An autoimmune disease directed against components of the neural myelin sheath causing demyelination, leading to progressive axonal loss and CNS atrophy affecting primarily white matter but may also damage grey matter and overlying meninges.
Subtypes of multiple sclerosis (MS) (1):
- Clinically isolated syndrome (CIS): patient’s initial symptom characteristic of CNS demyelination that may be due to MS but does not fulfill the criteria of dissemination in time; ~80% of patients with CIS will later relapse and be diagnosed with MS.
- Radiologically isolated syndrome (RIS): incidental brain or spinal cord MRI findings highly suggestive of MS in an asymptomatic patient; no evidence of clinical attacks suggestive of MS; ~30–40% of patients with RIS later meet criteria for CIS or MS.
- Relapsing-remitting multiple sclerosis (RRMS): most common type of disease onset; defined relapse (attacks or exacerbations) followed by partial or complete improvement; recovery of residual deficits may ensue following each episode.
- Secondary progressive multiple sclerosis (SPMS): progressive worsening of neurologic function following initial RRMS; may be associated with acute exacerbations; often diagnosed retrospectively
- Primary progressive multiple sclerosis (PPMS): progressive decline in disease status and accumulation of disability from onset of disease without initial relapsing-remitting disease course (~10% of patients) (2)
- In most cases, MS treatment should be discontinued during pregnancy. If treatment is clinically necessary, preferred treatments include interferon-β and glatiramer acetate (3).
- Natalizumab may be continued with reduced infusion regimen for patients with high risk of relapse (3).
- Majority of patients experience reduced disease exacerbations during pregnancy, but relapse in the postpartum period; thus, therapy should be resumed after delivery.
- All drugs licensed for MS treatment are contraindicated during breastfeeding.
Most often affects Caucasian women in their 2nd and 3rd generations of life.
Etiology and Pathophysiology
- Predominately an autoimmune process driven by T and B cells against the myelin sheath. Dysregulation and mistaken antigen identity lead CD4 T cells to cross the blood–brain barrier and recognize proteins on the surface of the myelin sheath. Cytokines, interferon-γ, and tumor necrosis factor-α are subsequently released, and activation of macrophages and B cells leads to oligodendrocyte and myelin destruction.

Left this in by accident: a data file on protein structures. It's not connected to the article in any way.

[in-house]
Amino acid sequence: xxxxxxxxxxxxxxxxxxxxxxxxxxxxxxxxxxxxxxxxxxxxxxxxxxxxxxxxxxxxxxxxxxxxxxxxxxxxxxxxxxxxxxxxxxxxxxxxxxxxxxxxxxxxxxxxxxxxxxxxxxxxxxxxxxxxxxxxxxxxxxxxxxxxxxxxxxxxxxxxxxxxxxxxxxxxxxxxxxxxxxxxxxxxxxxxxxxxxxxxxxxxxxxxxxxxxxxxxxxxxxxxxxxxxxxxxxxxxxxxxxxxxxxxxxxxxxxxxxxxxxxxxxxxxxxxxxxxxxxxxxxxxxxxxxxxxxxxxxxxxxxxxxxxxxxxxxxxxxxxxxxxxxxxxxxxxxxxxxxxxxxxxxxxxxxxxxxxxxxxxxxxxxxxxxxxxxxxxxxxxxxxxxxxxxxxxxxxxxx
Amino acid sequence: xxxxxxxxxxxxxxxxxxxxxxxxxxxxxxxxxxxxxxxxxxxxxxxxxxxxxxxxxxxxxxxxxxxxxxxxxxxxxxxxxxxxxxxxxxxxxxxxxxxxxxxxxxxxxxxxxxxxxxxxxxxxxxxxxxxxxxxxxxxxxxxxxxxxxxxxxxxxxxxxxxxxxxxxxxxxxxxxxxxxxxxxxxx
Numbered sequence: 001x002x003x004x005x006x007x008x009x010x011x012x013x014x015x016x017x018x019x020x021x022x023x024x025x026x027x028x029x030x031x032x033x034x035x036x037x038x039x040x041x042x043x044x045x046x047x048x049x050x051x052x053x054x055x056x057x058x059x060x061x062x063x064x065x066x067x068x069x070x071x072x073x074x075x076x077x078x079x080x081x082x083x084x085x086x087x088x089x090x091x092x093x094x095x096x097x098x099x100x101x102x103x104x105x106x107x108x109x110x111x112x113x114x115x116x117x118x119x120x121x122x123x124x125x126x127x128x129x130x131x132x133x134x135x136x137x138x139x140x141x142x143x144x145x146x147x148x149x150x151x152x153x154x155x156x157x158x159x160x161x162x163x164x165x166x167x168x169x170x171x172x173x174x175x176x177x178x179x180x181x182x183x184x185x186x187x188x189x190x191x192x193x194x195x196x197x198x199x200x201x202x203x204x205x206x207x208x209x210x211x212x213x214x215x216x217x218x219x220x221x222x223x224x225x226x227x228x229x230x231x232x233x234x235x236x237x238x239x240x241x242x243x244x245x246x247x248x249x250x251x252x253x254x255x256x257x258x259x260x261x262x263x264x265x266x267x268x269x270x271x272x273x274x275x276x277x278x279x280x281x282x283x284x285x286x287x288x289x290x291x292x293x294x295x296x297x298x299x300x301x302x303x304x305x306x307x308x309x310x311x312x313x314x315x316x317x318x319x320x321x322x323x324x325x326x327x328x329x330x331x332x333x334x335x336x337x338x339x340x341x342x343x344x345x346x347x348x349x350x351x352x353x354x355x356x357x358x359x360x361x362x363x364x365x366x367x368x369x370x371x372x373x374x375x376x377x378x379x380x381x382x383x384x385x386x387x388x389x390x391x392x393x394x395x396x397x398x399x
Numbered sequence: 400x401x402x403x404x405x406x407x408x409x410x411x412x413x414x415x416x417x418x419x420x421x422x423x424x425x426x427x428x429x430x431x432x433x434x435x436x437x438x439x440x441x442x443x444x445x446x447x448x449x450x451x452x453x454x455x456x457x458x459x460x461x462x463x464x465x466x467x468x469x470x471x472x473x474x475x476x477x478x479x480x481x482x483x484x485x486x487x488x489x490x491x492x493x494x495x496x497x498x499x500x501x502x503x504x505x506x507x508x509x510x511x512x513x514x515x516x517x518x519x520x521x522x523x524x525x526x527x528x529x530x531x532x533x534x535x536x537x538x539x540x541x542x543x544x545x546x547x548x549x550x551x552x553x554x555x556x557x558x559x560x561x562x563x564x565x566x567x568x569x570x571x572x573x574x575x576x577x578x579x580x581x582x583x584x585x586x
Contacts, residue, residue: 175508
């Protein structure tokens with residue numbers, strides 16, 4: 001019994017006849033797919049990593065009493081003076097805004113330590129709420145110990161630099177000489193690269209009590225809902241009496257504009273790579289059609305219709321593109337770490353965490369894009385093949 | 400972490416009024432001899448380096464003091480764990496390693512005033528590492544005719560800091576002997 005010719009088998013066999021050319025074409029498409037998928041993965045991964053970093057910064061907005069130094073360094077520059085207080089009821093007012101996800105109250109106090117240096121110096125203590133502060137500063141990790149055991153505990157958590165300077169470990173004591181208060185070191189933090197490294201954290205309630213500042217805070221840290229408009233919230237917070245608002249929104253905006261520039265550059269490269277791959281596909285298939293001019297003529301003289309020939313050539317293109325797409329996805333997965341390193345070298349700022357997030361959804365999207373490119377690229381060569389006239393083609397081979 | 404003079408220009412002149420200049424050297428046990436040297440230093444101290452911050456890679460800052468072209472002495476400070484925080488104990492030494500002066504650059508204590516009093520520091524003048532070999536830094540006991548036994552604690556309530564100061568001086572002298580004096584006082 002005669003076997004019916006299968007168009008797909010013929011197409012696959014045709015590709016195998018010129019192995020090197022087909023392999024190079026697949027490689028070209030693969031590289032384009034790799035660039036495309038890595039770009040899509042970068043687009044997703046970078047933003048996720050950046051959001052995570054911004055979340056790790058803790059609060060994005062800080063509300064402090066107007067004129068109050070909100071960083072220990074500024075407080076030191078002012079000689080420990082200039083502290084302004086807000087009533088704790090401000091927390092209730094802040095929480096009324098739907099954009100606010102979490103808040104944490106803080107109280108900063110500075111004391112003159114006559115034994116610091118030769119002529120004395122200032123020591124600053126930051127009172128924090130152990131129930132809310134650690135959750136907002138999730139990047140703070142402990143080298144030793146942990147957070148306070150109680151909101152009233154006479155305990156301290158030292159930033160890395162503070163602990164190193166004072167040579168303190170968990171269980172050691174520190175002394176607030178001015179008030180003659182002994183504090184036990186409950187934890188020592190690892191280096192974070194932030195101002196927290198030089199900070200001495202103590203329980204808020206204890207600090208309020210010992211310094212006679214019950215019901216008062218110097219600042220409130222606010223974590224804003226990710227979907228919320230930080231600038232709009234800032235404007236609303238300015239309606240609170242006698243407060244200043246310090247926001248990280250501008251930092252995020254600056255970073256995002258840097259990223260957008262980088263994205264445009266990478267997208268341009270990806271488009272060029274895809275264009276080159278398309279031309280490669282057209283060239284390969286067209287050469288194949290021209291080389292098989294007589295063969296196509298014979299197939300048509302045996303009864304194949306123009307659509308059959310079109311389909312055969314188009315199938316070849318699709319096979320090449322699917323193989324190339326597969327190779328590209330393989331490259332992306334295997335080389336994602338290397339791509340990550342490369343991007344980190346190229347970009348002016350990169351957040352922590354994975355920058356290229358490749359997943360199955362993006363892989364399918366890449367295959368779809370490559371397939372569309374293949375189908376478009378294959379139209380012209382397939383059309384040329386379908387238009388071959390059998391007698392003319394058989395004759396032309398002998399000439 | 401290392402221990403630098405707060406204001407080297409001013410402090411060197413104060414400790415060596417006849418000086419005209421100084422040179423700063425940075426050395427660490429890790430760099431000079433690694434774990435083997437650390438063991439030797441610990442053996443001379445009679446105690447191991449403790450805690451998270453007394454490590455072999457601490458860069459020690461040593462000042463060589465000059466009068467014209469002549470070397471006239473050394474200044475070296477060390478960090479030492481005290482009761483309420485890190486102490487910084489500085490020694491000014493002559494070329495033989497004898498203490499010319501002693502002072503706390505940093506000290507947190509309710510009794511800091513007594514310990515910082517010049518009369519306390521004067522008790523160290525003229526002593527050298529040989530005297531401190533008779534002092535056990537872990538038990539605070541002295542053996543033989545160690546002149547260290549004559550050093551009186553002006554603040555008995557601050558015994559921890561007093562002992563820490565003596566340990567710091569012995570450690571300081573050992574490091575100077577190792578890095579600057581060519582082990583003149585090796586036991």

- Following demyelination, faster salutatory nerve conduction velocities are replaced with slower velocities.
- Oligodendrocytes, which have survived, or ones formed from precursor cells, are able to partially remyelinate stripped axons, producing scars which overtime can lead to irreversible axonal loss and brain atrophy.
- The majority of axons are typically lost from the lateral corticospinal (motor) tracts of the spinal cord (2).
Over 100 genetic loci have been associated with MS suggesting that it is ultimately an antigen-specific autoimmune process. Most commonly, these are mapped to the class II region of the HLA gene cluster. The most common being the HLA-DRB1 locus on chromosome 6, which produce major histocompatibility complexes with high-binding affinity for myelin basic proteins.
- Age: peak incidence ages 20 to 40 years, but can present at any age (slightly earlier in women than men)
- Race: Caucasian > Afro-Caribbean > East Asian
- Prior infections: Epstein-Barr virus; mononucleosis
- Substance: tobacco smoking
- Historically, proximity to the equator and its correlation with increased vitamin D exposure were inversely proportional to MS incidence. However, recently, this association has been less obvious and may be due to lifestyle changes that have led to decreased sun exposure in these locations (2).
Commonly Associated Conditions
- Internuclear ophthalmoplegia
- Optic neuritis
- Associated with other autoimmune processes
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